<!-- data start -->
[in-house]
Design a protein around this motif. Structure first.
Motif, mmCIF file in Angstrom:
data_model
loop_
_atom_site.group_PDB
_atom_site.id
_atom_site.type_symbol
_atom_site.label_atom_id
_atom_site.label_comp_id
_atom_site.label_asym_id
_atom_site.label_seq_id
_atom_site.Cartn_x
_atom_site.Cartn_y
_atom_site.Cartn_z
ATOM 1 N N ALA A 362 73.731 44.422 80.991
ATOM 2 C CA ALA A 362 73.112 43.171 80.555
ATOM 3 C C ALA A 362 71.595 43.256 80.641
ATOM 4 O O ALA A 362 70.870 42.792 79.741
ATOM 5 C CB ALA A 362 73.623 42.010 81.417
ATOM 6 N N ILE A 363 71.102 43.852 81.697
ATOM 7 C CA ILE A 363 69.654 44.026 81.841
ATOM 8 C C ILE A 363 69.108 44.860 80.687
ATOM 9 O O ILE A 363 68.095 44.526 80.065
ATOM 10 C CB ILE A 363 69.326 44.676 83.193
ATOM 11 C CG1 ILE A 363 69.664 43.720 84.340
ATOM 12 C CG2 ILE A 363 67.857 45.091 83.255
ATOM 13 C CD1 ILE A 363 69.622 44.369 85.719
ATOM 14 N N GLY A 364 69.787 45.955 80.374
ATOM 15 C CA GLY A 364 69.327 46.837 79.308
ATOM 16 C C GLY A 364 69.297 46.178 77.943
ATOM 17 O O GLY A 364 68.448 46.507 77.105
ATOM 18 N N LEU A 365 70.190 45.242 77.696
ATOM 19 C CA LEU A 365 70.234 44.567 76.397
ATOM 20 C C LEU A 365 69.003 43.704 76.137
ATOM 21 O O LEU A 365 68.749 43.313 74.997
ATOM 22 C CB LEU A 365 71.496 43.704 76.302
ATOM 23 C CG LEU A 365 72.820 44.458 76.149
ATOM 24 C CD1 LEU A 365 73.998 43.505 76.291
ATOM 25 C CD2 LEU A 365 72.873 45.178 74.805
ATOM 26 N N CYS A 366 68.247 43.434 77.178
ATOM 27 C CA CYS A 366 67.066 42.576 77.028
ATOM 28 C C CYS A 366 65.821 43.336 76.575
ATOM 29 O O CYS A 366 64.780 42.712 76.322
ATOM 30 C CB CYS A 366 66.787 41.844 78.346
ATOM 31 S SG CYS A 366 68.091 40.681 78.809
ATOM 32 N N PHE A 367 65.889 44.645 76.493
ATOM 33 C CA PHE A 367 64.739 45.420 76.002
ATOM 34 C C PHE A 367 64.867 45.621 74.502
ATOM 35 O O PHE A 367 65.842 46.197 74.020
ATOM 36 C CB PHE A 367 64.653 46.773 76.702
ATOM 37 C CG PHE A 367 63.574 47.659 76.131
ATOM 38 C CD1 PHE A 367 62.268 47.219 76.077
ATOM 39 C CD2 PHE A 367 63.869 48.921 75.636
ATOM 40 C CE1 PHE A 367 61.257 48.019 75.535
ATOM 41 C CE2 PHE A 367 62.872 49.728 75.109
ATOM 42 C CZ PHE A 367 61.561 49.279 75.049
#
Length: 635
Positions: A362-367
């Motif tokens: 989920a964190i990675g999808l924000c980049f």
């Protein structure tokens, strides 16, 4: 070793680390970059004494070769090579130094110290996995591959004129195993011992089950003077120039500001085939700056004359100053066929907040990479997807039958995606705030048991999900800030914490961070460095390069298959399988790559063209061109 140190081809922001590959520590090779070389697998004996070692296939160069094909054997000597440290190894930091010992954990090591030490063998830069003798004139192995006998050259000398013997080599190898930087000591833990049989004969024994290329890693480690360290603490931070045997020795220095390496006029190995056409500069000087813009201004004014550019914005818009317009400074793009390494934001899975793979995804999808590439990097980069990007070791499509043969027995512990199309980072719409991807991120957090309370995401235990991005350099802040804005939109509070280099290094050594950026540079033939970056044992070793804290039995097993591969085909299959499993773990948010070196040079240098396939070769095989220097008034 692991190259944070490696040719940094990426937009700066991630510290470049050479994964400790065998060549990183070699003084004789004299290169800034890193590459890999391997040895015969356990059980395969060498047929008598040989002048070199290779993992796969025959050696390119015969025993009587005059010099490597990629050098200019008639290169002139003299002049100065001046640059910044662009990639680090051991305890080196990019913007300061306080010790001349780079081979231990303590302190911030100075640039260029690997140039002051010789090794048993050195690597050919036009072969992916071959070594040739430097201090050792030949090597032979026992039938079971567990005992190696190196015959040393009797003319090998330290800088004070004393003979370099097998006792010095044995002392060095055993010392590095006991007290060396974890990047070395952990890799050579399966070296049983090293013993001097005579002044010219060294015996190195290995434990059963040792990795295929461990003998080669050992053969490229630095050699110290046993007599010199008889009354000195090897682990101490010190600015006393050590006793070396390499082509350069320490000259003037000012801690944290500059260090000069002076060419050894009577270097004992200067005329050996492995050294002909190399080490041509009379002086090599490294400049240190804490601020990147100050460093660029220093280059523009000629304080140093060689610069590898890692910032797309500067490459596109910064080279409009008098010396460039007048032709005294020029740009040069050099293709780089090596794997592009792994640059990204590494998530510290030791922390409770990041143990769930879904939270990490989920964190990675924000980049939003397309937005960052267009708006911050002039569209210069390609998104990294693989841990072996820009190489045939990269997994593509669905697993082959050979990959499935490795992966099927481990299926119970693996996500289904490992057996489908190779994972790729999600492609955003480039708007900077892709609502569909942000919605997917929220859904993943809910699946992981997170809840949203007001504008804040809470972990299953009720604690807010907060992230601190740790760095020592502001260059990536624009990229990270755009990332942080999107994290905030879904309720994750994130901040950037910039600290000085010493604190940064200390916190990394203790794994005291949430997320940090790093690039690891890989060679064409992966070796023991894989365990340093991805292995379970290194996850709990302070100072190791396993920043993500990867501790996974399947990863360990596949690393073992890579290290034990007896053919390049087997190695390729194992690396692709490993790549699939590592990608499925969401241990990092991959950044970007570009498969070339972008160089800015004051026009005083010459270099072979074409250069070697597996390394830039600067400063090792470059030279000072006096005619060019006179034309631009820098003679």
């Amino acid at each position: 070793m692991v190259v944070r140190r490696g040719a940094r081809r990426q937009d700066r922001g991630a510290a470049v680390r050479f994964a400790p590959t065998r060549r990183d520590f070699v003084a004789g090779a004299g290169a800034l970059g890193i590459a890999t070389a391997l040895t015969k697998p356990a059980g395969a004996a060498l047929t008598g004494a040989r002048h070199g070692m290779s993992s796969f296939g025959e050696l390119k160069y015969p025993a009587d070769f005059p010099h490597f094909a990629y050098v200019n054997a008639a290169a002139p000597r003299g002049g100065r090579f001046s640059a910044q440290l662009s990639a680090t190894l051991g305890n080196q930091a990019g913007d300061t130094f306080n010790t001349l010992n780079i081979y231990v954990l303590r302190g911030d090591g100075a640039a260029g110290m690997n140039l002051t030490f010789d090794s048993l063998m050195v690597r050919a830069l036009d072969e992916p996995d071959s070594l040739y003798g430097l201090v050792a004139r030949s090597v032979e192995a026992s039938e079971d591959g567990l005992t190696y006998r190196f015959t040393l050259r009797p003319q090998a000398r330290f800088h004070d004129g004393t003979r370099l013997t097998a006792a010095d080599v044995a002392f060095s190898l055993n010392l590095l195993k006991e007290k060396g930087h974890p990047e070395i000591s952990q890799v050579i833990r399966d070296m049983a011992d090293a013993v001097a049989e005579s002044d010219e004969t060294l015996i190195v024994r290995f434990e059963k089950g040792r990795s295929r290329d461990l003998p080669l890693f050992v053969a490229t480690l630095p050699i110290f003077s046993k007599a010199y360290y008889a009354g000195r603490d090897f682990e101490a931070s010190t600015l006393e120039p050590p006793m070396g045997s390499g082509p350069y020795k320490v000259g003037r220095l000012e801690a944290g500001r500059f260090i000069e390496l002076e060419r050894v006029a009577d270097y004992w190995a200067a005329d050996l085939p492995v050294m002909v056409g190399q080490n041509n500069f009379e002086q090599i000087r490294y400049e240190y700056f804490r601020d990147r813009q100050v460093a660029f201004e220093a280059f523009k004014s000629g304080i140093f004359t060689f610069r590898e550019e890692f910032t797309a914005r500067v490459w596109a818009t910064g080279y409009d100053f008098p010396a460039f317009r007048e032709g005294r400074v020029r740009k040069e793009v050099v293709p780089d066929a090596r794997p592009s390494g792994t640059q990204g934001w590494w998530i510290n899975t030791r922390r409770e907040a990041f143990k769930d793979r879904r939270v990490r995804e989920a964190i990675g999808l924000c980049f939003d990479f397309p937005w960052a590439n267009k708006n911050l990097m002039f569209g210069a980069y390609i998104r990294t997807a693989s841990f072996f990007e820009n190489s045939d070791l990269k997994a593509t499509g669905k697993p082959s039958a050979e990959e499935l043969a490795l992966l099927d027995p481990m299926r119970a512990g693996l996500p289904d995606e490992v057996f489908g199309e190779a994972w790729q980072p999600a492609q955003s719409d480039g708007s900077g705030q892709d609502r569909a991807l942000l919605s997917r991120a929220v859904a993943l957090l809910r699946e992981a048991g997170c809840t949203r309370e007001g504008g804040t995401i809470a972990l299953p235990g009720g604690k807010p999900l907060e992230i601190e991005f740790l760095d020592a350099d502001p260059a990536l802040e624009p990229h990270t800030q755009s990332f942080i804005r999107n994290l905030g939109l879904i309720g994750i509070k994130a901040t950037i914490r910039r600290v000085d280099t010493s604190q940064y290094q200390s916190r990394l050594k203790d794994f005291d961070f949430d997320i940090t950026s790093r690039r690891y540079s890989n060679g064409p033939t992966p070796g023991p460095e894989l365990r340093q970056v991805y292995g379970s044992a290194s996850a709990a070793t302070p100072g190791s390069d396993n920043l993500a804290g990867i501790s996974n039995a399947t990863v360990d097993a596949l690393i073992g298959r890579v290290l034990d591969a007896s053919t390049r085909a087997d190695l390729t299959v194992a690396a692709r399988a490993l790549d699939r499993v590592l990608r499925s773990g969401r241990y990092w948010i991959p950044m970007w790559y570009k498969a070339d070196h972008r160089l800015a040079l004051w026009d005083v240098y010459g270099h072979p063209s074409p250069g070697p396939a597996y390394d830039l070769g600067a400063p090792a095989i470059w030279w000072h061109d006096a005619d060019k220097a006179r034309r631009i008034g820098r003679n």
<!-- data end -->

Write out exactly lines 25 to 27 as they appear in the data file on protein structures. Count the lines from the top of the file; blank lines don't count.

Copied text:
ATOM 10 C CB ILE A 363 69.326 44.676 83.193
ATOM 11 C CG1 ILE A 363 69.664 43.720 84.340
ATOM 12 C CG2 ILE A 363 67.857 45.091 83.255